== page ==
In this paper we discuss how operating system design and implementation influence the methodology for computer forensics investigations, with the focus on forensic acquisition of memory. In theory the operating system could support such investigations both in terms of tools for analysis of data and by making the system data readily accessible for analysis. Conventional operating systems such as Windows and UNIX derivatives offer some memory-related tools that are geared towards the analysis of system crashes, rather than forensic investigations. In this paper we demonstrate how techniques developed for persistent operating systems, where lifetime of data is independent of the method of its creation and storage, could support computer forensics investigations delivering higher efficiency and accuracy. It is proposed that some of the features offered by persistent systems could be built into conventional operating systems to make illicit activities easier to identify and analyse. We further propose a new technique for forensically sound acquisition of memory based on the persistence paradigm.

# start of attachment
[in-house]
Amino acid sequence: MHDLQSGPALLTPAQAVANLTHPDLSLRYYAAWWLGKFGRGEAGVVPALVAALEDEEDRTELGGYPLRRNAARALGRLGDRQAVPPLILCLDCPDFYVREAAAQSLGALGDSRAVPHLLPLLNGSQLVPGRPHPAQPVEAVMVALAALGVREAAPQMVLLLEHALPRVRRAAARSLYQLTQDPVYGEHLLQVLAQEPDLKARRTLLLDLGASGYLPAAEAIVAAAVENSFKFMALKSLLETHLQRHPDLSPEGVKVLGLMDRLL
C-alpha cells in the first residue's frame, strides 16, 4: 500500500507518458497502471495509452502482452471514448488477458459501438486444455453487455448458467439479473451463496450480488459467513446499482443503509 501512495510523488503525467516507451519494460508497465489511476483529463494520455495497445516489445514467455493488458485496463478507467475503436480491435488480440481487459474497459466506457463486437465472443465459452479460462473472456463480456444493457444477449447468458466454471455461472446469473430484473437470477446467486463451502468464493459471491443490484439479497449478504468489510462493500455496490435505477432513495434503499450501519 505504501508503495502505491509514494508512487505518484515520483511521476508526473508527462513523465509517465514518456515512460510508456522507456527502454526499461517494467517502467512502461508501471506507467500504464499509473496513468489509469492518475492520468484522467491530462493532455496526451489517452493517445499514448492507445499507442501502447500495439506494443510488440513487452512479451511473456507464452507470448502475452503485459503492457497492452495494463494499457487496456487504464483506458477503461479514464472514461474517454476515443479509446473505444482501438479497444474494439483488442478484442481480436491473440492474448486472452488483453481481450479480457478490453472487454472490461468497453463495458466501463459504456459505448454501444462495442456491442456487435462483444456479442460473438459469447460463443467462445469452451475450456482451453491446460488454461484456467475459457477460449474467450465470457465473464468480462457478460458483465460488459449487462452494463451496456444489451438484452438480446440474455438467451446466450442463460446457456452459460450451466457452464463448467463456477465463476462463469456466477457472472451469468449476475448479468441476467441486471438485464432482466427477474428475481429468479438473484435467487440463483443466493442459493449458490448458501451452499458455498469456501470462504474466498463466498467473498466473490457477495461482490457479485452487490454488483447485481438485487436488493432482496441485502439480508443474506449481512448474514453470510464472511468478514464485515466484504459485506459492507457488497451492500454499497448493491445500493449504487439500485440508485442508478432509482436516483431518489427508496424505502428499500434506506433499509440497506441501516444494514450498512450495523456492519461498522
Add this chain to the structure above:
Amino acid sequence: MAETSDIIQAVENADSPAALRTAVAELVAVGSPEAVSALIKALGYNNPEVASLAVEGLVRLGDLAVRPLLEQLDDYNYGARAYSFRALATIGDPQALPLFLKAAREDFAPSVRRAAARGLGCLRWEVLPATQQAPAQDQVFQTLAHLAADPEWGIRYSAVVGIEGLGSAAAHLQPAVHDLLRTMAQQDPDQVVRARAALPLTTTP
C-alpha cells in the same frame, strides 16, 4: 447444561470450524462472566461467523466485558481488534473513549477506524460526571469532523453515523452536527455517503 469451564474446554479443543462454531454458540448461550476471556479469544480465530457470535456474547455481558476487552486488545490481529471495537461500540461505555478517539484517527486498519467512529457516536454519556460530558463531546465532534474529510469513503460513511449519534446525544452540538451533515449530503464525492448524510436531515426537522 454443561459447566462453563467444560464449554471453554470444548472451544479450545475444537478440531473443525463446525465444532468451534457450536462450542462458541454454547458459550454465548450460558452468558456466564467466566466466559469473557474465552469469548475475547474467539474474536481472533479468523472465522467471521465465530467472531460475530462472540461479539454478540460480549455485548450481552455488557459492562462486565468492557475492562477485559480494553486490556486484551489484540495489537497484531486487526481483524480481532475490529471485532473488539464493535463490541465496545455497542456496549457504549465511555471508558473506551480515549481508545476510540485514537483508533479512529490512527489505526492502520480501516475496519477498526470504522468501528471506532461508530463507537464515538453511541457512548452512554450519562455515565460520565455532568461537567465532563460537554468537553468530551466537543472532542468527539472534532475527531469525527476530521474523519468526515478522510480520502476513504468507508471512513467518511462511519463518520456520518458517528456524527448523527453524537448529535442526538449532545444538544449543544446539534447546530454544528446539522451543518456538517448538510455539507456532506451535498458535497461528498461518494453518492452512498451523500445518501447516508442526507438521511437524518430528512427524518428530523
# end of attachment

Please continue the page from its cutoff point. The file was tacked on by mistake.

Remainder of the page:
Digital Investigation Vol. 4, Issue 3-4, p. 129-137